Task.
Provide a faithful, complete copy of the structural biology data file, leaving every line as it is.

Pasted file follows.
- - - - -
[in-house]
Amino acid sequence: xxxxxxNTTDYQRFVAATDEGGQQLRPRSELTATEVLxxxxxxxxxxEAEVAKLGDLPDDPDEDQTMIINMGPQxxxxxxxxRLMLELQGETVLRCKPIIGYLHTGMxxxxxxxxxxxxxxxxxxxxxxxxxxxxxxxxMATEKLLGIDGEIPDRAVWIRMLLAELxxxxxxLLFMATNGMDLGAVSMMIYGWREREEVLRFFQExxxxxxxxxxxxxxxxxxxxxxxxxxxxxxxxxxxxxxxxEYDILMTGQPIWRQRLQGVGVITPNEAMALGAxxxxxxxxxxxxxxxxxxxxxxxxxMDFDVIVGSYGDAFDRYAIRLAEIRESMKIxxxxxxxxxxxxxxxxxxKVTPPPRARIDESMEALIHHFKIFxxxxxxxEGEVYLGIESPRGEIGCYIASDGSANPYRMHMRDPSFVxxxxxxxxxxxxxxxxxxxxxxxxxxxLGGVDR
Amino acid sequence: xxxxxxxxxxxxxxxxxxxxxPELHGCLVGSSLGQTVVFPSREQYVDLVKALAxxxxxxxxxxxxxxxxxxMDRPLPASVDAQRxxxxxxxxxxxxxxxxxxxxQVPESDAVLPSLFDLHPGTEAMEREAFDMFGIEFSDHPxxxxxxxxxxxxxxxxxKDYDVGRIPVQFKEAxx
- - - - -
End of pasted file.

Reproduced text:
[in-house]
Amino acid sequence: xxxxxxNTTDYQRFVAATDEGGQQLRPRSELTATEVLxxxxxxxxxxEAEVAKLGDLPDDPDEDQTMIINMGPQxxxxxxxxRLMLELQGETVLRCKPIIGYLHTGMxxxxxxxxxxxxxxxxxxxxxxxxxxxxxxxxMATEKLLGIDGEIPDRAVWIRMLLAELxxxxxxLLFMATNGMDLGAVSMMIYGWREREEVLRFFQExxxxxxxxxxxxxxxxxxxxxxxxxxxxxxxxxxxxxxxxEYDILMTGQPIWRQRLQGVGVITPNEAMALGAxxxxxxxxxxxxxxxxxxxxxxxxxMDFDVIVGSYGDAFDRYAIRLAEIRESMKIxxxxxxxxxxxxxxxxxxKVTPPPRARIDESMEALIHHFKIFxxxxxxxEGEVYLGIESPRGEIGCYIASDGSANPYRMHMRDPSFVxxxxxxxxxxxxxxxxxxxxxxxxxxxLGGVDR
Amino acid sequence: xxxxxxxxxxxxxxxxxxxxxPELHGCLVGSSLGQTVVFPSREQYVDLVKALAxxxxxxxxxxxxxxxxxxMDRPLPASVDAQRxxxxxxxxxxxxxxxxxxxxQVPESDAVLPSLFDLHPGTEAMEREAFDMFGIEFSDHPxxxxxxxxxxxxxxxxxKDYDVGRIPVQFKEAxx